28 May 2004 Economy Gaining Strength
Yesterday, the Commerce Department revised upward its estimate of how fast the economy grew in the first quarter of this year by two tenths of a percent. The report also showed that corporate profits jumped 31.6% in the quarter ended March, the biggest increase since the first quarter of 1984.
These profits are a good indication that capital spending and hiring will continue. Initial jobless claims continue to fall, falling to 344,000 last week. Numbers under 400,000 demonstrate a healthy labor market. In fact, current claims represent only 2.6% of payrolls, which is down from an average of 3.1% in the 1990’s according to Bloomberg. Jobs are coming back and, to the surprise of those criticizing the quality of new jobs, wages and salaries increased by $57.8 billion in the fourth quarter of last year, $18.3 billion more than previously estimated.
The components of GDP growth tell an even more remarkable story. Inventory replenishment accounted for .75% of the rise in GDP. Inventories still remain historically low, so that component of GDP growth appears solid. Residential housing construction was revised higher to show a 3.8% rate of growth compared to an initial 2.1%. Business fixed investment rose at 5.8% and was led by a 9.8% rise in spending on new equipment.
Detracting from GDP growth was the nation’s trade gap. We imported $525 billion more goods at an annual rate than we exported last quarter. This differential is due primarily to the fact that theU.S.economy is stronger than those of our trading partners. The strong consumer, aided by tax cuts and low interest rates is also a major factor.
With 91% of companies in the Dow Jones US Total Market Index reporting their first quarter results it looks to be a blowout for corporate profits. Earnings are up an average of 31% for the period from end of last year to March 31st. The hands down winners have been Basic Materials and Technology companies with average increases of 113% and 112%, respectively. Standout industries within the sectors are Communications Technology, up 1,655%, Biotechnology, up 684%, Full-line Insurance, up 322%, and Office Technology Equipment, up 263%.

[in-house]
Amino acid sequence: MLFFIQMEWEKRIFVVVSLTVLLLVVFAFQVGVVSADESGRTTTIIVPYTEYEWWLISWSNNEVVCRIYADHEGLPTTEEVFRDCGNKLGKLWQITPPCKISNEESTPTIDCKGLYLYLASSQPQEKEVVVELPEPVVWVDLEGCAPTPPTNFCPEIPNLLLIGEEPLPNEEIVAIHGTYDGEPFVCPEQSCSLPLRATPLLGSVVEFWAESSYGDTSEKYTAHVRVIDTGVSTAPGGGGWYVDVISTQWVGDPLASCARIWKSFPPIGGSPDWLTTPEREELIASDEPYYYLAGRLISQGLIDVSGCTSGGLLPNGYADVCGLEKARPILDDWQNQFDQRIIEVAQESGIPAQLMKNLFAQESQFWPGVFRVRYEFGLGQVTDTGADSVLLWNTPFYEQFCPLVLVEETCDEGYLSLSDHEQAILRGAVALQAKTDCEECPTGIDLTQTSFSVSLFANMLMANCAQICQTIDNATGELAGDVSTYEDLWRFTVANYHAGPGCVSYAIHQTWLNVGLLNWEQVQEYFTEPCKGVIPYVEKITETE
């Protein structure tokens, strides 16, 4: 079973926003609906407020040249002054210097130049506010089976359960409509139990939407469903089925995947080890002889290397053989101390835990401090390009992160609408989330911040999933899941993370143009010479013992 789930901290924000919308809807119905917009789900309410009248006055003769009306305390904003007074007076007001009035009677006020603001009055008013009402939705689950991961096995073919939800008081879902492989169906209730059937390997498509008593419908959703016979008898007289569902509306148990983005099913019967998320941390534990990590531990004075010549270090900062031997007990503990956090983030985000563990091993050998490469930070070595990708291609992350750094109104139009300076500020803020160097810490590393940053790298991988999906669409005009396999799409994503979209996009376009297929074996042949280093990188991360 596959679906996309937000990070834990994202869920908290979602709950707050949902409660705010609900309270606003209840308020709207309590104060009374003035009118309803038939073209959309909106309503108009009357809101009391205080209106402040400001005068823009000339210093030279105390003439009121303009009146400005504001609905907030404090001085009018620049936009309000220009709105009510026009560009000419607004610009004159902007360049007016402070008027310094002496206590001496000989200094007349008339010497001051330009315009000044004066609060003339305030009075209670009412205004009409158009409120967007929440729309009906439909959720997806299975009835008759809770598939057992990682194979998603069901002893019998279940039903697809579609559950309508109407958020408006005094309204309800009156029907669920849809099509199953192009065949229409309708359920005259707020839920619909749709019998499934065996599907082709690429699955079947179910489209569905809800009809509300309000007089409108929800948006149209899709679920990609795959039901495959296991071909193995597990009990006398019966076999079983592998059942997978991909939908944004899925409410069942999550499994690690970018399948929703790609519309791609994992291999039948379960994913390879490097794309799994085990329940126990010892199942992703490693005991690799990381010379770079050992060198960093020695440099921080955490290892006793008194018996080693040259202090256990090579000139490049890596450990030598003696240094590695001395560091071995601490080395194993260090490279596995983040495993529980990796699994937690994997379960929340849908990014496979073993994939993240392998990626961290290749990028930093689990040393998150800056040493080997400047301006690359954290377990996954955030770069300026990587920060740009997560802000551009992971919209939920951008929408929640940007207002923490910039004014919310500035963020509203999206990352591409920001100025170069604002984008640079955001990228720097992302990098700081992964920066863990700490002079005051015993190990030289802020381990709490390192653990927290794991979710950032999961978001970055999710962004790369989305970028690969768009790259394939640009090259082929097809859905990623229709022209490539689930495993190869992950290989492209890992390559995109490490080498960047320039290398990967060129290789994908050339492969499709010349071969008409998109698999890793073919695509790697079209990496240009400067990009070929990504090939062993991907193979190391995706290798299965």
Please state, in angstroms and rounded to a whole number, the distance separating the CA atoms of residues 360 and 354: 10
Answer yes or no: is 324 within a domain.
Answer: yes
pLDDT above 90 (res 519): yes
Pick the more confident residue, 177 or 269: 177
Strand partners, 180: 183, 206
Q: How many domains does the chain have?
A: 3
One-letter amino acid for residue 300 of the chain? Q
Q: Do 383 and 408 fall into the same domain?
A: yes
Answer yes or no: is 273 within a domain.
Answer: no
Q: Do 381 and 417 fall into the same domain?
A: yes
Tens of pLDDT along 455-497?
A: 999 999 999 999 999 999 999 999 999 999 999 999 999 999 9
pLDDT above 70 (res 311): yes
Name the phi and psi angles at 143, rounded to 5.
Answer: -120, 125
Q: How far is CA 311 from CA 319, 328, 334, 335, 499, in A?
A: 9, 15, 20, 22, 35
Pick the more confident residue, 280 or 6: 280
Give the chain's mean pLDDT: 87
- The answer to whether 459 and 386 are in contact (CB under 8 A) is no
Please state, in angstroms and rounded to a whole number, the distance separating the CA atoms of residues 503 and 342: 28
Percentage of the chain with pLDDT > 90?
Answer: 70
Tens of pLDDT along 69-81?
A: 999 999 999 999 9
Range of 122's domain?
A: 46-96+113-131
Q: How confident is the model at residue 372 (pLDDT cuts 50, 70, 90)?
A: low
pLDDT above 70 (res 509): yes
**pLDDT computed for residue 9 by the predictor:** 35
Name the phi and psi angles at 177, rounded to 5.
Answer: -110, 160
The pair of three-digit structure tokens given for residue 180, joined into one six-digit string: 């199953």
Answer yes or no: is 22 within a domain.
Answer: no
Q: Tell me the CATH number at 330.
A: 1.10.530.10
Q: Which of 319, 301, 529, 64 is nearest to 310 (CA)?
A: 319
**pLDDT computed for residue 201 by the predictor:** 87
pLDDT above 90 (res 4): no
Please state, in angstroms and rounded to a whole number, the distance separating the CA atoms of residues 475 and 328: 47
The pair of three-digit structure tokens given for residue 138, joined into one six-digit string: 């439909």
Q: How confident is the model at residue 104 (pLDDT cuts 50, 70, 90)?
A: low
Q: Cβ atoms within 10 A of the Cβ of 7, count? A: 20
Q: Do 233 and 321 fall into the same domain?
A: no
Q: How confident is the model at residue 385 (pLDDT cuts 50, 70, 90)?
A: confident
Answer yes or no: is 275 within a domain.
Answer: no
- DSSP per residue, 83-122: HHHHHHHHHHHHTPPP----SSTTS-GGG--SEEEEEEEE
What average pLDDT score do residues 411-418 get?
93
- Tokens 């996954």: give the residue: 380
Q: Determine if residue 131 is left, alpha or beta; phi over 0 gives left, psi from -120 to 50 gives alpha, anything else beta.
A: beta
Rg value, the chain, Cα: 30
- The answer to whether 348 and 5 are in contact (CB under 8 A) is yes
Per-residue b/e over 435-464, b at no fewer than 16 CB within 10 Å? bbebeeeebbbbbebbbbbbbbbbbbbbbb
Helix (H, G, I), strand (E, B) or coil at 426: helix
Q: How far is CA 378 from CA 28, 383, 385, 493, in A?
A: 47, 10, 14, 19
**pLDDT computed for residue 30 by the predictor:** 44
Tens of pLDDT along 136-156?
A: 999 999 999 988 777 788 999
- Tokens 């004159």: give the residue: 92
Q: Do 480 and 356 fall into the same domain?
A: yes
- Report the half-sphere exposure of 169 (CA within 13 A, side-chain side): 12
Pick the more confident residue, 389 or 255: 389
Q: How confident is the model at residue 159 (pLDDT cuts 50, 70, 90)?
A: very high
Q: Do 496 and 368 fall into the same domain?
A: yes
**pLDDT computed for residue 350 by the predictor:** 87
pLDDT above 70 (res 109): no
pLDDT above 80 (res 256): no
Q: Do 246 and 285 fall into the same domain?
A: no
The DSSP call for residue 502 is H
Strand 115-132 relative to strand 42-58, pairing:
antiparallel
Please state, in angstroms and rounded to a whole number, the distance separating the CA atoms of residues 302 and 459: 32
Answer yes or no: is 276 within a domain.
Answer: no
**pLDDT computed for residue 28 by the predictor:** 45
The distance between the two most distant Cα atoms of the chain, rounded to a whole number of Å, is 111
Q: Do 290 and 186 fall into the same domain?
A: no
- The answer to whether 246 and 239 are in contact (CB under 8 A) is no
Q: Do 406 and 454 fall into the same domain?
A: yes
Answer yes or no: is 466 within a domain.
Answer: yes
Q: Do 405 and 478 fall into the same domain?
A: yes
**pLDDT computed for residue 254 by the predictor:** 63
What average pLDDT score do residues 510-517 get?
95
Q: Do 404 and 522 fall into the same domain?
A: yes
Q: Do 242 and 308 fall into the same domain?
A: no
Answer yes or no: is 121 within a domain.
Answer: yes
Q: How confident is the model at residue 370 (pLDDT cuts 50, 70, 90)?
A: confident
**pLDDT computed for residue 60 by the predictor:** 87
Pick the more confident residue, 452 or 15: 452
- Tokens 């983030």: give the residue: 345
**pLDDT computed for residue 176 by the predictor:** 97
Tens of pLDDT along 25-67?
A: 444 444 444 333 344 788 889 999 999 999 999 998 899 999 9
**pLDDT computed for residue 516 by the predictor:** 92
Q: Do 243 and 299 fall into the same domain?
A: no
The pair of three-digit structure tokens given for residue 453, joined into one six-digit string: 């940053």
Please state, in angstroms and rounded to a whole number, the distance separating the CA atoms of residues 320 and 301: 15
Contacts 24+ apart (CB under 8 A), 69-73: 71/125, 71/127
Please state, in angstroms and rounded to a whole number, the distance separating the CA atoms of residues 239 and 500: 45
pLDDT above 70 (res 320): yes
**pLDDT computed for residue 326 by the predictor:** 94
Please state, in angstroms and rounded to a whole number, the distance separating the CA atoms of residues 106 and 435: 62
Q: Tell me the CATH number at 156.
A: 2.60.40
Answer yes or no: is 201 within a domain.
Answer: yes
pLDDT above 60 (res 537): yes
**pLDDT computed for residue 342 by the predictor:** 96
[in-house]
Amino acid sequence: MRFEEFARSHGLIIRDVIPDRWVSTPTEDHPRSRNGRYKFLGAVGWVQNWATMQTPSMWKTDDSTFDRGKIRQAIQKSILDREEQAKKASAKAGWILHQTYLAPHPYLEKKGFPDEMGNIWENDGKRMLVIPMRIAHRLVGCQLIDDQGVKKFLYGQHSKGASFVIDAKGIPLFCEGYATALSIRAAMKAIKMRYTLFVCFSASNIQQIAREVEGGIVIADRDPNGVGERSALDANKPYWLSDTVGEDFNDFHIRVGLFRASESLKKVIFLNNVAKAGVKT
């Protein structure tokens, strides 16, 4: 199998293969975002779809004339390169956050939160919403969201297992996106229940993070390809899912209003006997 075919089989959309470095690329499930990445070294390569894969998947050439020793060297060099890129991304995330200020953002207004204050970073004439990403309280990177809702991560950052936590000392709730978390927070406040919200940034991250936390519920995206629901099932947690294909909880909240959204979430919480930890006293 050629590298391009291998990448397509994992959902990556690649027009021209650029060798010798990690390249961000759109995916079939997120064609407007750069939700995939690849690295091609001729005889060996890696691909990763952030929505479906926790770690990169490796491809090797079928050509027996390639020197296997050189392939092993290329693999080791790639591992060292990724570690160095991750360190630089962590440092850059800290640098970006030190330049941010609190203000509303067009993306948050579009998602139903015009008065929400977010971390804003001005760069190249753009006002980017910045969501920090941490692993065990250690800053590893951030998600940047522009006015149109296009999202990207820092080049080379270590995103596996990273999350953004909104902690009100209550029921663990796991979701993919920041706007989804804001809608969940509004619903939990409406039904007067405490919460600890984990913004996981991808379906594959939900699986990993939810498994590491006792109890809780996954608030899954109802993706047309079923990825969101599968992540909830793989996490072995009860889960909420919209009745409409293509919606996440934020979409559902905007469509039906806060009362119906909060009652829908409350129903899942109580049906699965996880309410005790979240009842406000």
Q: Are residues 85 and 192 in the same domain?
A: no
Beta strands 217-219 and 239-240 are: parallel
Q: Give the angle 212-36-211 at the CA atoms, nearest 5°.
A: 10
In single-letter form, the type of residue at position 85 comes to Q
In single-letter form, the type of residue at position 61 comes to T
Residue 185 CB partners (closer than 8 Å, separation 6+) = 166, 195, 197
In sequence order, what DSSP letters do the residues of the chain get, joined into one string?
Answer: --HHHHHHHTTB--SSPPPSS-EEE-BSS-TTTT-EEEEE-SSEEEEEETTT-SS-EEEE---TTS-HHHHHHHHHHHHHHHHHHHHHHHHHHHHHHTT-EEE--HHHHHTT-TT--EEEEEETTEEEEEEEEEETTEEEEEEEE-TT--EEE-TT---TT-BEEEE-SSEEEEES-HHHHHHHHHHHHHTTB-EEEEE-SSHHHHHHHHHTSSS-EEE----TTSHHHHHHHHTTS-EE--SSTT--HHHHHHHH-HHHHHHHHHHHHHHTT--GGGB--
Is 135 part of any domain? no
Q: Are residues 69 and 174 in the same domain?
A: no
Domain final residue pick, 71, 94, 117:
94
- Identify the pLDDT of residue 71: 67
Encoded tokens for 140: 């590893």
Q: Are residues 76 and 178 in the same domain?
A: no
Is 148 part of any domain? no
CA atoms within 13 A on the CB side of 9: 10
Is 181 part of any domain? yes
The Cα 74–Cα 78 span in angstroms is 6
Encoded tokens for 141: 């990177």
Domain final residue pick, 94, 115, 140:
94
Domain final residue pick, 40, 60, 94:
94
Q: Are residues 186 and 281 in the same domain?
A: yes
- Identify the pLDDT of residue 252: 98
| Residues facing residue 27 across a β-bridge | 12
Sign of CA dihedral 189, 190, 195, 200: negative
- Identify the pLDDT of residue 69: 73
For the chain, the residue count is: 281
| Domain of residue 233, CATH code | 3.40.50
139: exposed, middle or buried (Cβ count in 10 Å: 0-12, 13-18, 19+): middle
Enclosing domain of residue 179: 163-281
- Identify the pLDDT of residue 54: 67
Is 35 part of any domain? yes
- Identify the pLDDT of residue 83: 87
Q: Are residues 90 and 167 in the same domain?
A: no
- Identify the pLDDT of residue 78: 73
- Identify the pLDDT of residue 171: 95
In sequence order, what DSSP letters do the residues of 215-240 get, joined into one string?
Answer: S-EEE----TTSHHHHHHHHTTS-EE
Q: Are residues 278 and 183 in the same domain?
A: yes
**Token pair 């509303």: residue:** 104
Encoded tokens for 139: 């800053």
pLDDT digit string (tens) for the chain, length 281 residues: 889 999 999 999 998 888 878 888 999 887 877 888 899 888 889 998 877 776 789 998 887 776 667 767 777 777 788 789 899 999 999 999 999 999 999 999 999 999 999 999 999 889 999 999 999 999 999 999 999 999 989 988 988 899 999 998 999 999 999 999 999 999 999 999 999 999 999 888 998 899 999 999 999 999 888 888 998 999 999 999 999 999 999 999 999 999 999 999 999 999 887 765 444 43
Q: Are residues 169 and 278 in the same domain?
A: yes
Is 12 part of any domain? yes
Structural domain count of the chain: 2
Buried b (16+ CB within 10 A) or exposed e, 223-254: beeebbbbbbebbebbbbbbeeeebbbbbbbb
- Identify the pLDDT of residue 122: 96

The consumer is slowing a bit, however. The government reported this morning that personal income rose, higher than expected, while personal spending declined, but not as much as expected. As interest rates and energy costs rise and the effect of tax cuts and home re-financings abate, it is normal that the consumer would slow his spending somewhat. It is encouraging though, to see personal income on the rise. Income rises will serve to sustain consumer spending strength in future quarters.
Finally, the PCE Deflator (personal consumption expenditure), a measure of inflation tied to spending, rose 0.1% last month. According to today’s report it was 1.9% higher than in April of last year. The Fed is paying close attention to inflation numbers as it gauges how fast it will need to raise rates to what it thinks are more policy neutral levels. The ultimate speed and degree to which they raise rates have a significant impact on currency, stock, and bond markets. We continue to think that they will be moderate in their policy adjustments, minimizing market volatility to the extent possible.
Conditions are improving for world markets. Recent events inIraqshow some promise that the news does not have to get worse daily. The Associated Press just announced that Iyad Allawi, a neurologist, has been unanimously endorsed by the Iraqi Governing Council to become Iraq’s new Prime Minister. The militant priest Moqtada al-Sadr has indicated he will cease military resistance if theU.S.meets certain conditions, which might indicate a trend toward acceptance of the new Iraqi government. Oil prices are likely to fall asSaudi Arabia,Kuwait,Nigeria,United Arab Emirates, andMexicohave all indicated they will boost supplies.
It is our opinion that stocks are currently discounted for a degree of inflation/interest rate risk, high energy risk, degradation of the Iraqi situation, and terrorism. To the extent that these events fail to materialize or are mitigated, markets have some appreciation potential. We believe that all the above risks except terrorism and possibly Iraq have been over-discounted by the market, but only time will tell.